@RISK: Knowledge Practices, Environmental Crisis & Environmental Action

@Risk Banner Image

Call for Participation in


Podcast Series (2021) and Symposium (24-25 February 2022)

Keynote Speakers: A/Prof Katerina Teaiwa(opens in a new window) (ANU) and Prof Juan Salazar(opens in a new window) (WSU)

We are learning to live with a world that is seemingly perpetually at risk of everything nowadays, where responses are time sensitive, with consequences extending far beyond human domains, and throughout the more-than-human world. The 2019-2020 Australian bushfires have brought into sharp relief how risk needs to keep being re-thought and re-practised, in and amongst climate shifts.

@RISK, which is both a Podcast Series and Symposium, addresses the profound differences in knowledge practices around the unfolding environmental crisis, and how any environmental action could, or should, respond, given the layered, multi-nodal risks involved. What is at risk? Whose risks matter? What knowledge do we need to effect change? How can we do better together from our diverse positions and situations? What are the personal and professional risks involved?

@RISK provides a platform for researchers, policy makers, practitioners and activists who want to engage with this topic outside of their disciplinary or institutional constraints, are already doing so, and/or, have always done so. Why is this? And at what risk to them, and the expertise of those disciplines and their professional roles, do they do so?

We are inviting you to participate as a symposium presenter, panelist, poster creator and/or podcast interviewee, and contribute your risk concerns in relation to one or more of the following interrelated themes:

1. Knowledge practices - what risks do we take with what we know and how we know it(opens in a new window)? Examples include working beyond one’s disciplinary expertise, generating un/stable facts(opens in a new window), harnessing/rejecting the creative arts, and making reflexivity more accountable(opens in a new window).

2. Environmental crisis - the existential risks posed not only to humans(opens in a new window), but to the more-than-human world(opens in a new window) as a result of human action. How can we identify them and learn from them? Let alone understand and respond to them appropriately(opens in a new window)?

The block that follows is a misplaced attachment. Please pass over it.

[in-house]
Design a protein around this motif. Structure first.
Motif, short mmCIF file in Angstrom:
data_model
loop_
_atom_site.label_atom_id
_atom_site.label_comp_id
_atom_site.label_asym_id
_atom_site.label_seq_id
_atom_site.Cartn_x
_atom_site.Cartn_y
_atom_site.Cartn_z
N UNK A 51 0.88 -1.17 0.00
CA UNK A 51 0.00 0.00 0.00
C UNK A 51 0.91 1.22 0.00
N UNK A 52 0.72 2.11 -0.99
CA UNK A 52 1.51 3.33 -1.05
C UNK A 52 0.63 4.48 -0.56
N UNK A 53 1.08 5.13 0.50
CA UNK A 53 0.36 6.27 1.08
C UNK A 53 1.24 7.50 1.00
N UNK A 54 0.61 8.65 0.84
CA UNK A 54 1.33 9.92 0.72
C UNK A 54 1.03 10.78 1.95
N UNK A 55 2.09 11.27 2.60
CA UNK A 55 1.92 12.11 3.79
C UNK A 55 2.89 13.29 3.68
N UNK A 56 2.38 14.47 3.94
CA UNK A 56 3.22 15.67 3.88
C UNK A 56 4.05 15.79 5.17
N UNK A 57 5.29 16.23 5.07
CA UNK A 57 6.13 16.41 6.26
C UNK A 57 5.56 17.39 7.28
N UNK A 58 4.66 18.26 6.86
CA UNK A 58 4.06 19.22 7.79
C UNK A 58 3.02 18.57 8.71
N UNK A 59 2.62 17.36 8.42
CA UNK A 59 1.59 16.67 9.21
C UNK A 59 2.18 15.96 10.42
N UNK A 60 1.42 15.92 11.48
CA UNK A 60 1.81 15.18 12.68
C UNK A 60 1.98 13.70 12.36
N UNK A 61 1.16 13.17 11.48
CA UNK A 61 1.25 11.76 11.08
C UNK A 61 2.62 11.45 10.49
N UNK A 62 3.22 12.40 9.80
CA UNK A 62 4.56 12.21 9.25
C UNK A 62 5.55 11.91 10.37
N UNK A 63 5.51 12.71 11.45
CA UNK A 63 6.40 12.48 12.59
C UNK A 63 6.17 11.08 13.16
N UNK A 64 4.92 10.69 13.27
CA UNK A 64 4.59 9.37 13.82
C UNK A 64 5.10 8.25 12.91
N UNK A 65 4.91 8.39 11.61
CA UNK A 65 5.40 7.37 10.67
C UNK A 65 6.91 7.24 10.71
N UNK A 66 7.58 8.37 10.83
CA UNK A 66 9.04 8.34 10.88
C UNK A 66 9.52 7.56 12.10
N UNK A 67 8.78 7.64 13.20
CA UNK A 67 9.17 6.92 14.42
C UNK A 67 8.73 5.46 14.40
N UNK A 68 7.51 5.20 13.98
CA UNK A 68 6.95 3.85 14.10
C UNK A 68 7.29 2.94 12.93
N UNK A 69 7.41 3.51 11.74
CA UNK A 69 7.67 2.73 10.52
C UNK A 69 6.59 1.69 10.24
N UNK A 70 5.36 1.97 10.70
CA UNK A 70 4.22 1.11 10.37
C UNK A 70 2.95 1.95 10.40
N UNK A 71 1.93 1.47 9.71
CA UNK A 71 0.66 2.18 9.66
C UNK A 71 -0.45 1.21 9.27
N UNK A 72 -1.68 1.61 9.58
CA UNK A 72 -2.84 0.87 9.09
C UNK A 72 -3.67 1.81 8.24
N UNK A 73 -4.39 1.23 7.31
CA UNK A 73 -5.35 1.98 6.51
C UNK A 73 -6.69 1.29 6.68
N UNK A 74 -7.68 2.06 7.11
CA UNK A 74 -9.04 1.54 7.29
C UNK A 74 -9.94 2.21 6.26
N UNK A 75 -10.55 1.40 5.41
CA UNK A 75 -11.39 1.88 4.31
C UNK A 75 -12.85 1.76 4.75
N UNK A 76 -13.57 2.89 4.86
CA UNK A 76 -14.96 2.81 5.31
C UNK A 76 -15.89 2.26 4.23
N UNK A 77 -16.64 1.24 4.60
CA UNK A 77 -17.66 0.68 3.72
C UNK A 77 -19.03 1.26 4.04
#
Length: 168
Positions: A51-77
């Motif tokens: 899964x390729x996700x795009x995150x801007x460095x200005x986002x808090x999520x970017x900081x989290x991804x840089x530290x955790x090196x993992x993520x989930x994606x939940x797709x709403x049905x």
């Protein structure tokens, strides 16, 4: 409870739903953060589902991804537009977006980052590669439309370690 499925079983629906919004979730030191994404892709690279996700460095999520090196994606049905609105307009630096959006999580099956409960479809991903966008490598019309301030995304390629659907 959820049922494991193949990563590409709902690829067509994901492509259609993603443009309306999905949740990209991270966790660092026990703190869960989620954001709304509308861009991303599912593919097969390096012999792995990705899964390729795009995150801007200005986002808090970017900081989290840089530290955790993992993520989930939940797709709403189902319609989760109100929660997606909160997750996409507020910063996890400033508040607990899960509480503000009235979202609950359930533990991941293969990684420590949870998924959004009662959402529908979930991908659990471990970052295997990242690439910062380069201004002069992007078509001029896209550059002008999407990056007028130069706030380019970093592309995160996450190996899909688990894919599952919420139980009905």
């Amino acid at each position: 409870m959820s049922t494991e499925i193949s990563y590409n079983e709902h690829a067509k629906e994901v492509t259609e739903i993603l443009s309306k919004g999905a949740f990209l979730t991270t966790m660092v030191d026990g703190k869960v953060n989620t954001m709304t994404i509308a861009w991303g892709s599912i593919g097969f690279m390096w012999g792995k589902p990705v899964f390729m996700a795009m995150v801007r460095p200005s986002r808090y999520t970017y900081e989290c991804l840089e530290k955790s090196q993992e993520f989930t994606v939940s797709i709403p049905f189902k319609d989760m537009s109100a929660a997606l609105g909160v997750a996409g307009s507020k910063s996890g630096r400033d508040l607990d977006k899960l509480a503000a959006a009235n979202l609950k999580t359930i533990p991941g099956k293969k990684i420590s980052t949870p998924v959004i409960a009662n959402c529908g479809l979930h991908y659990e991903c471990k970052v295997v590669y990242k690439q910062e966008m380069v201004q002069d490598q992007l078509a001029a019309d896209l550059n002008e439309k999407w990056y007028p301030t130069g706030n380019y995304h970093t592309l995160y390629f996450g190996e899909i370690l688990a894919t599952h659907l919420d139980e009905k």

3. Environmental action - what risks arise from seeking to take meaningful action? Including in our institutions(opens in a new window), amongst colleagues, and with our social and biophysical environments. For example, asserting Indigenous peoples’ authority in contexts framed otherwise(opens in a new window).

4. Technoscientific interventions - what promises, potentials and pitfalls arise from seeking action through technoscience? In such arenas as synthetic biology(opens in a new window), assisted evolution(opens in a new window), & climate engineering(opens in a new window).

The Symposium will be held at the WSU Parramatta CBD campus, or, pending any COVID-19 restrictions, online. Virtual presentations can be pre-recorded or live. The podcasts will be created in collaboration with Gretchen Miller(opens in a new window).

Click here(opens in a new window) to view the Call for Participation, and to submit an application to participate visit this(opens in a new window) form.
For symposium inquiries contact Daniele Fulvi: D.Fulvi@westernsydney.edu.au
For podcast inquiries contact Gretchen Miller: gretchenmillermedia@gmail.com


@RISK Co-conveners  - Josh Wodak & Jessica Weir

@RISK is funded by The Seed Box – A Mistra-Formas Environmental Humanities Collaboratory and the ARC Centre of Excellence in Synthetic Biology, and is supported by the Institute for Culture and Society, WSU.

WSU, Seed Box and Synthetic Biology Logos

Image: >2 degrees of separation <2028: Moira vs <2 degrees of separation <2028: Moira, Josh Wodak, 2011